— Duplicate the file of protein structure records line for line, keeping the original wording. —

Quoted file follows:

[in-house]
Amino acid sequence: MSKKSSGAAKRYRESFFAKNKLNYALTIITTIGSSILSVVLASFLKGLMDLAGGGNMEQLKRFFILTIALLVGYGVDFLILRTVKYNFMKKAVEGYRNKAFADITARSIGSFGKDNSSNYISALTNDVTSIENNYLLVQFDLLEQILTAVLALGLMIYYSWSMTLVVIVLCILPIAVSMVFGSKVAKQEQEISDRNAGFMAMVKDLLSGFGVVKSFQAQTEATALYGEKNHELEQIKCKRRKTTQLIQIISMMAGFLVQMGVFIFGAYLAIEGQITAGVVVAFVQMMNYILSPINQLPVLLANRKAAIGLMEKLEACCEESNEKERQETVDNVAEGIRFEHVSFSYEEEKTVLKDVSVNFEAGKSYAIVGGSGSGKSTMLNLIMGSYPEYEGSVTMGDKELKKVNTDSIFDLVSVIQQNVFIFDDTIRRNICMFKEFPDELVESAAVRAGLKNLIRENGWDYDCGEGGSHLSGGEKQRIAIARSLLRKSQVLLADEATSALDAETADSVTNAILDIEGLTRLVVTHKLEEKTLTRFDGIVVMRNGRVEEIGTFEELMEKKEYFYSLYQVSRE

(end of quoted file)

[in-house]
Amino acid sequence: MSKKSSGAAKRYRESFFAKNKLNYALTIITTIGSSILSVVLASFLKGLMDLAGGGNMEQLKRFFILTIALLVGYGVDFLILRTVKYNFMKKAVEGYRNKAFADITARSIGSFGKDNSSNYISALTNDVTSIENNYLLVQFDLLEQILTAVLALGLMIYYSWSMTLVVIVLCILPIAVSMVFGSKVAKQEQEISDRNAGFMAMVKDLLSGFGVVKSFQAQTEATALYGEKNHELEQIKCKRRKTTQLIQIISMMAGFLVQMGVFIFGAYLAIEGQITAGVVVAFVQMMNYILSPINQLPVLLANRKAAIGLMEKLEACCEESNEKERQETVDNVAEGIRFEHVSFSYEEEKTVLKDVSVNFEAGKSYAIVGGSGSGKSTMLNLIMGSYPEYEGSVTMGDKELKKVNTDSIFDLVSVIQQNVFIFDDTIRRNICMFKEFPDELVESAAVRAGLKNLIRENGWDYDCGEGGSHLSGGEKQRIAIARSLLRKSQVLLADEATSALDAETADSVTNAILDIEGLTRLVVTHKLEEKTLTRFDGIVVMRNGRVEEIGTFEELMEKKEYFYSLYQVSRE